Interlayer electronic transport in bilayer graphene systems
Weak interlayer coupling in 2-dimensional layered materials such as graphene gives rise to rich mechanical and electronic properties, in particular in the case where the two atomic lattices at the interface are rotated with respect to one another. The reduced crystal symmetry leads to anti-correlations and cancellations of the atomic interactions across the interface, leading to low friction1 and low interlayer electrical transport2. Using our recent nanomanipulation technology, based on atomic force microscopy, we show that combined electro-mechanical characterization can uniquely address open fundamental questions related to electronic charge transport2-3 through stacking faulted structures. To this end, we studied experimentally and theoretically the interlayer charge transport in twisted bilayer graphene systems separately for edges and bulk parts. We find that interlayer edge currents are several orders of magnitude larger than in the bulk and therefore govern the transport up until very large critical diameters depending on the potential across the adjacent layers and the angular mismatch angle. In addition, we show that the strong edge transport across the interface is governed by strong quantum mechanical interference effects as opposed to simple interlayer atomic interactions.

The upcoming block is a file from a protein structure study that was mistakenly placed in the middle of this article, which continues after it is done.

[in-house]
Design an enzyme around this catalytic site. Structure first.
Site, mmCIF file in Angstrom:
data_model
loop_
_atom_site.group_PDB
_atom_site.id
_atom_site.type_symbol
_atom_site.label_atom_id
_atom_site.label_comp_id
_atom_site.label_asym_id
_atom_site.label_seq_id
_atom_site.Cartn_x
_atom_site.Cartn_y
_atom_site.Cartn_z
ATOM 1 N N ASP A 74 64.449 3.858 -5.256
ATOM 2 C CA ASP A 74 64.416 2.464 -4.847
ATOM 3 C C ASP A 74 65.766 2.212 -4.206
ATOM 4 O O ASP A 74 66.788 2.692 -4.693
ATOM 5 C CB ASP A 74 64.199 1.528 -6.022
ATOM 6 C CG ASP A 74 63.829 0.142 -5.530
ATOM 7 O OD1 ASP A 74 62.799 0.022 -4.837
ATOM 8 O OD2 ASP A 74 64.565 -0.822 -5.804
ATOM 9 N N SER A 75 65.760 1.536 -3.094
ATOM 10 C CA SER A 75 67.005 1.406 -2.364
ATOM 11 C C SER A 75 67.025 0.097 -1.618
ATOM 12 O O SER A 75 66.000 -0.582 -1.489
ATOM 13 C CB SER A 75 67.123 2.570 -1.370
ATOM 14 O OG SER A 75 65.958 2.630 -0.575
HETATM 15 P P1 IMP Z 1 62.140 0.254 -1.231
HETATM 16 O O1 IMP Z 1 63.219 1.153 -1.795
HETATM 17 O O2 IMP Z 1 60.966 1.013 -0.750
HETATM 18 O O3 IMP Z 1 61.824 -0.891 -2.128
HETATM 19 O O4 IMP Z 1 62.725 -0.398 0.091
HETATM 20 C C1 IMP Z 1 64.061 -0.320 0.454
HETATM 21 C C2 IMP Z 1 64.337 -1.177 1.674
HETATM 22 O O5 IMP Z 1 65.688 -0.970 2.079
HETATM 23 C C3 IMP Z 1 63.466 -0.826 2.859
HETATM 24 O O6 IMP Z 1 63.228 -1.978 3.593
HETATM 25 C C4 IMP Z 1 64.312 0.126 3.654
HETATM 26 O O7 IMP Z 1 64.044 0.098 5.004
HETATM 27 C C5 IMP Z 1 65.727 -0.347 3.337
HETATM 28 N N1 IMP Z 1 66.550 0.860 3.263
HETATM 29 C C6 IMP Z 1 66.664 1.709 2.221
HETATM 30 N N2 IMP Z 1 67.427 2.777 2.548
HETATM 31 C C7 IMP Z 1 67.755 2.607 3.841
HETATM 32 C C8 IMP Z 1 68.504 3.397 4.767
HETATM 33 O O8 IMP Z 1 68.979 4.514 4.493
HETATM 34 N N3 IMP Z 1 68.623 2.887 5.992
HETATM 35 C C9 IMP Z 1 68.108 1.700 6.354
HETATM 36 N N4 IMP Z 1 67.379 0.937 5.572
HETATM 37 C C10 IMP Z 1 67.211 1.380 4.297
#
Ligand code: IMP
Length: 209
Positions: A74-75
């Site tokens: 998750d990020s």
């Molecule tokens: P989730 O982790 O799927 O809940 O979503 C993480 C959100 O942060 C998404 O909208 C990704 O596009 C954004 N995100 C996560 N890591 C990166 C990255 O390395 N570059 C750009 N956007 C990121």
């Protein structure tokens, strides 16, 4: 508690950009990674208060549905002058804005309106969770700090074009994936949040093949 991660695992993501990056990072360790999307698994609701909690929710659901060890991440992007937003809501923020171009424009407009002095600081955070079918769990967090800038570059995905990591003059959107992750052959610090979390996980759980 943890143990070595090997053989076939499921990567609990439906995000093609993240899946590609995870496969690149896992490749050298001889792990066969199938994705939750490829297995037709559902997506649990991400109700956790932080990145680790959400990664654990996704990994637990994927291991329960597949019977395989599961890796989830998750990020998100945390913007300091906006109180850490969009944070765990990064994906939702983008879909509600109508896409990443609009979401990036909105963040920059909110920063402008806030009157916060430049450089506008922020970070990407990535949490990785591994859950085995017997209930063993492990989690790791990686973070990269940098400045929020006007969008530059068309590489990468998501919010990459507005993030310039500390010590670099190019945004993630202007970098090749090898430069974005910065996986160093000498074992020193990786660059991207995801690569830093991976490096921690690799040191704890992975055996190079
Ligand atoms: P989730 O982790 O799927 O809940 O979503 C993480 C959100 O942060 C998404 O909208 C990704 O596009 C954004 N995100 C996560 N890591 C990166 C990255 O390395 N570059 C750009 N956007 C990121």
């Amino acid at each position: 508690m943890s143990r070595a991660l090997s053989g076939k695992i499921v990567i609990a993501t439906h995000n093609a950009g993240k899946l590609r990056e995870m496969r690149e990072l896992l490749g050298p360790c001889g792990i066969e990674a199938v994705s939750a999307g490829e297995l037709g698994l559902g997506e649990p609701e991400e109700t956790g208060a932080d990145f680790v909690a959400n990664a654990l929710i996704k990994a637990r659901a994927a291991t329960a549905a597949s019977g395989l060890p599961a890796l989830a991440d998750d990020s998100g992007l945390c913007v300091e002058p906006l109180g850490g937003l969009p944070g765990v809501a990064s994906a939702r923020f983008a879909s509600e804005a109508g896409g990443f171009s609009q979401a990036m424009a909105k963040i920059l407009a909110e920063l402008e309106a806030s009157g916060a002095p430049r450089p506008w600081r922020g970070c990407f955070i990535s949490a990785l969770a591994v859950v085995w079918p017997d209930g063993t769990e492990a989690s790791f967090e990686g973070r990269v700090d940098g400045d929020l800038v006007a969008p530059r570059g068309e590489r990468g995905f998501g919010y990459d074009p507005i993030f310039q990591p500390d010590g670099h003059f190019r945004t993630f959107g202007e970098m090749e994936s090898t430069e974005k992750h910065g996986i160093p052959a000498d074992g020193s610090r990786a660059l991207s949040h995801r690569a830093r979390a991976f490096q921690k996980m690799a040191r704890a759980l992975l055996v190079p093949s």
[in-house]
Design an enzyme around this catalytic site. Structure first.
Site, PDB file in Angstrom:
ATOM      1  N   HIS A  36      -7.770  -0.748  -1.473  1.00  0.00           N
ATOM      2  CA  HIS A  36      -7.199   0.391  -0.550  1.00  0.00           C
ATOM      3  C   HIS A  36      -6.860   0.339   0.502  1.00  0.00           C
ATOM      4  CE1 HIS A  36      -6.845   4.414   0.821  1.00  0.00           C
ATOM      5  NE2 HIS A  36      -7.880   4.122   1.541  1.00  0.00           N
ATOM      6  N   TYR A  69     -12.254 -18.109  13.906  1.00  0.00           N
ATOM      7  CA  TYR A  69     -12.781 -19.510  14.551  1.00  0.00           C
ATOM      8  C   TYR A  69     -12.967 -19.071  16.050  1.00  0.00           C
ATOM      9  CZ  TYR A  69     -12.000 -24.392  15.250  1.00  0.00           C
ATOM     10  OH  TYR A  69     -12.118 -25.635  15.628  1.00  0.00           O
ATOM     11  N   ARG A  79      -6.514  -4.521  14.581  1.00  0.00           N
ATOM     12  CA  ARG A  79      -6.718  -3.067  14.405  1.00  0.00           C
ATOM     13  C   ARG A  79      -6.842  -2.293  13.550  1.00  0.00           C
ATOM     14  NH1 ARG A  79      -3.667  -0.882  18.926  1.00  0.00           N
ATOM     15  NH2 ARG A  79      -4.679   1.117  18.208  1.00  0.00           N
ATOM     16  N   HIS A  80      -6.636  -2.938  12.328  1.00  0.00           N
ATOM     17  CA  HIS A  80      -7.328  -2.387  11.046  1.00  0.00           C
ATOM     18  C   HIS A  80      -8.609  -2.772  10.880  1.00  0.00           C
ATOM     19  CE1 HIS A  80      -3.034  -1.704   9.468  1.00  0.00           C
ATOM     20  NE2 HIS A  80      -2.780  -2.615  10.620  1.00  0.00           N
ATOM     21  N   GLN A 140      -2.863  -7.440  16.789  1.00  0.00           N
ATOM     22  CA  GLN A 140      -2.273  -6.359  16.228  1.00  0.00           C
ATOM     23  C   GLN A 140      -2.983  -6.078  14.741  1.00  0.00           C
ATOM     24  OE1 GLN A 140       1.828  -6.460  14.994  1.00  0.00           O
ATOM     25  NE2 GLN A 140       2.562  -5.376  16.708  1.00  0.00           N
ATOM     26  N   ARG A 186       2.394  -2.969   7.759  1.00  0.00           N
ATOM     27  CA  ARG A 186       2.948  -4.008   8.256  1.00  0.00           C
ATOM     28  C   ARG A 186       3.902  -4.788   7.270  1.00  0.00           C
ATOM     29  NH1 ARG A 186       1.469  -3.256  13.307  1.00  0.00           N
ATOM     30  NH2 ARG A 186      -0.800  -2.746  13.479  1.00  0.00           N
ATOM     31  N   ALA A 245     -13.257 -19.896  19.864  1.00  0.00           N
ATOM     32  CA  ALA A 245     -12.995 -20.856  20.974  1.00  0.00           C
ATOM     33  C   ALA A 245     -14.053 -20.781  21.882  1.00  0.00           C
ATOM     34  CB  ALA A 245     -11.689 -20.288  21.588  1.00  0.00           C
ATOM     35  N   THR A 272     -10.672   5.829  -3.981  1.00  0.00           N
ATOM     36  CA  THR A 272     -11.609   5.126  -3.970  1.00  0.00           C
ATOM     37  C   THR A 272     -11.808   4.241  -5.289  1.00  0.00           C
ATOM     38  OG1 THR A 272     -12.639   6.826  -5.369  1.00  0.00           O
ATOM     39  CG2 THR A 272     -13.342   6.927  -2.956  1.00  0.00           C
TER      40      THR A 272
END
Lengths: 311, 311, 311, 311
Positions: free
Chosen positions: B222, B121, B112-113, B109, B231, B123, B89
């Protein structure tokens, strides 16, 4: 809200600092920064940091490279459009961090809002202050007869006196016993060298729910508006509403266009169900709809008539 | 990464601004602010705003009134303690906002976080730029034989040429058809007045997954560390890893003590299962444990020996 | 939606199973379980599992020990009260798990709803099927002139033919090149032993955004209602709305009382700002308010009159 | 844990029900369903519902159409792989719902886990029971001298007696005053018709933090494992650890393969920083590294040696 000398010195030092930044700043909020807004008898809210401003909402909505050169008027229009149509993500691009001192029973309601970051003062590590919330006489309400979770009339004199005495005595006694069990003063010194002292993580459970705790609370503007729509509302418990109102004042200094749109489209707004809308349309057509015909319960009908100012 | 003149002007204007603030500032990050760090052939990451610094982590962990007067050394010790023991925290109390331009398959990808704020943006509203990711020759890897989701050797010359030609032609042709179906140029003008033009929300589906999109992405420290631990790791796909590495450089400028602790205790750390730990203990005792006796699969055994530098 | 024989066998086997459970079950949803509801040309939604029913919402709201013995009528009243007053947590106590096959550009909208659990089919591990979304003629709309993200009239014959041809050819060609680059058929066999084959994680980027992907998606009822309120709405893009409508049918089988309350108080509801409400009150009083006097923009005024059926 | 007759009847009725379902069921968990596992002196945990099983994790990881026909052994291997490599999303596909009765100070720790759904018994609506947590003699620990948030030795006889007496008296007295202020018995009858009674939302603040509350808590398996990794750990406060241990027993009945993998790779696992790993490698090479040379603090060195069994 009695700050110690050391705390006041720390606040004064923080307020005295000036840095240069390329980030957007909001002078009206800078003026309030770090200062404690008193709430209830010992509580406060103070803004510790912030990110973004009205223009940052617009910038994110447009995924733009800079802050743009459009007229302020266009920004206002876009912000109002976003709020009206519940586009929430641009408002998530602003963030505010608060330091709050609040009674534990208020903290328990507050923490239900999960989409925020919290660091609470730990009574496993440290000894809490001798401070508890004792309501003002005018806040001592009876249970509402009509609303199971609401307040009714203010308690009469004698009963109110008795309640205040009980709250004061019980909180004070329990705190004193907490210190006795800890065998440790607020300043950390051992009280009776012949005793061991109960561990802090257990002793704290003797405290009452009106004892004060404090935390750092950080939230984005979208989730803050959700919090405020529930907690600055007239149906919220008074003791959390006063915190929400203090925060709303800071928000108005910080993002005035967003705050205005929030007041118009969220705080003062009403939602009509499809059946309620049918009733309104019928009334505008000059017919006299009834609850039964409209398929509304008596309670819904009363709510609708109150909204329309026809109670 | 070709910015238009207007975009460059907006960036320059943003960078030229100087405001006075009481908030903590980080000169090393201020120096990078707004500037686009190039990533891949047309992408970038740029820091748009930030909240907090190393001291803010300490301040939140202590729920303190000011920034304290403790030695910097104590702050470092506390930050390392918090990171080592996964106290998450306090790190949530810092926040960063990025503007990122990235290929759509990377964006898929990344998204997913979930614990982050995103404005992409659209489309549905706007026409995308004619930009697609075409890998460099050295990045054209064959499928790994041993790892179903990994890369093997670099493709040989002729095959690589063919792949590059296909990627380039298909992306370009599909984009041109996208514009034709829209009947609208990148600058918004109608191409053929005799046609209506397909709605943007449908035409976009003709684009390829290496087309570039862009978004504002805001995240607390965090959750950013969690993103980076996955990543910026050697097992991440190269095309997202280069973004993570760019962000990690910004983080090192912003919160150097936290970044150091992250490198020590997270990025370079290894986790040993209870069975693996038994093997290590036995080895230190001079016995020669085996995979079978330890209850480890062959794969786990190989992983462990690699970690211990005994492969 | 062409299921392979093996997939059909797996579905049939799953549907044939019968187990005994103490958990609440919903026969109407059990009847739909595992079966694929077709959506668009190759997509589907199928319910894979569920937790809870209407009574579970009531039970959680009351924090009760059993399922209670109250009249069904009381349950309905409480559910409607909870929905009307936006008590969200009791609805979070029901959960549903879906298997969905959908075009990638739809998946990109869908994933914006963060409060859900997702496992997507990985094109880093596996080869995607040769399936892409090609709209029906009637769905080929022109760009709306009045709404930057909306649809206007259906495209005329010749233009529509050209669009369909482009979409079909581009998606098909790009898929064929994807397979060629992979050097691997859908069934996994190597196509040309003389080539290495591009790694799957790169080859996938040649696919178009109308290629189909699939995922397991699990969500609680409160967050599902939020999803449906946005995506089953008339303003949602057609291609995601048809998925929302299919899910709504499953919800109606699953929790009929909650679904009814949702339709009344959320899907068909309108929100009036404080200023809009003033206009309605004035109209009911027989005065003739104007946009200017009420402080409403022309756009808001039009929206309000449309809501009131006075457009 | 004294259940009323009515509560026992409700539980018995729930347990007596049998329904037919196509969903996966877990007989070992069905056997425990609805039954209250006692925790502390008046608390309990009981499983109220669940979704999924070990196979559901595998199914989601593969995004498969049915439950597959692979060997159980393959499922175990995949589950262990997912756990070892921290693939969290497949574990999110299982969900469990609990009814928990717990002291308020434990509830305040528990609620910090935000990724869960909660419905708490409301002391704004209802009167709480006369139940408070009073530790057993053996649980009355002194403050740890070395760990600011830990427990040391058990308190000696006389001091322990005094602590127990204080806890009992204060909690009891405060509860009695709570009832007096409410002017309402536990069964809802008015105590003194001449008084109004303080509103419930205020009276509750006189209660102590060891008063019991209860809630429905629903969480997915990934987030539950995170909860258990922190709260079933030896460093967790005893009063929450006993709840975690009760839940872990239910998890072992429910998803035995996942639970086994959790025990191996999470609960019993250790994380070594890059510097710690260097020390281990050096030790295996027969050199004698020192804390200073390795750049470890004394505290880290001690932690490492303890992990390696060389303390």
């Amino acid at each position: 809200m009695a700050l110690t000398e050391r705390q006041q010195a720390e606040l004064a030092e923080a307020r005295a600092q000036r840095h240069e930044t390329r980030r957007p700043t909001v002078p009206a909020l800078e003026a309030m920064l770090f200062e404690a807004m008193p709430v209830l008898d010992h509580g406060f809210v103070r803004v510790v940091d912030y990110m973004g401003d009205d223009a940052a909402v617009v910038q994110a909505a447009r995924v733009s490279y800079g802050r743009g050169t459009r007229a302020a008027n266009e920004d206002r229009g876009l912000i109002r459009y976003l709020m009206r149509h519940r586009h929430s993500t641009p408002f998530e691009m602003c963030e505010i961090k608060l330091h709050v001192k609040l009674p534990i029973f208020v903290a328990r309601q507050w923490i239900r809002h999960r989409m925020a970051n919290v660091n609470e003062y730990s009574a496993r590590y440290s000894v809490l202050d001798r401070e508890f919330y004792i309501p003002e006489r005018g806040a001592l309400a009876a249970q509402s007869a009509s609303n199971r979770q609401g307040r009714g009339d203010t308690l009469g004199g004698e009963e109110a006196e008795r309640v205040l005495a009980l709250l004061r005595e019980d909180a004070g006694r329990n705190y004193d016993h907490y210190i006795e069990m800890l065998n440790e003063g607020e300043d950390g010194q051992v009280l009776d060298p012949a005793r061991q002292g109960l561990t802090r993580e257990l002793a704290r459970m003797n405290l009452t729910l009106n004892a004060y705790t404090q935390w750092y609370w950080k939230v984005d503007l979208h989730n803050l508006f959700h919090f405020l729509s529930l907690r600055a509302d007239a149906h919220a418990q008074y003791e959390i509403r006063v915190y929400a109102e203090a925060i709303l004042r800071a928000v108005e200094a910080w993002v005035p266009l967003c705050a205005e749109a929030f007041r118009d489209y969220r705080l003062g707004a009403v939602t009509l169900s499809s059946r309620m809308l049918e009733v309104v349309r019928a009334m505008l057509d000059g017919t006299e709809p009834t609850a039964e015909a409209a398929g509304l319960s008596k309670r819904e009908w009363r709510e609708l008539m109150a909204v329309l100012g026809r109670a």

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 E. Koren et al., Nature Nanotech., 9 (2016) 752.
 D. Dutta et al., Nature Comm, 11 (2020) 4746.
תאריך עדכון אחרון : 17/10/2021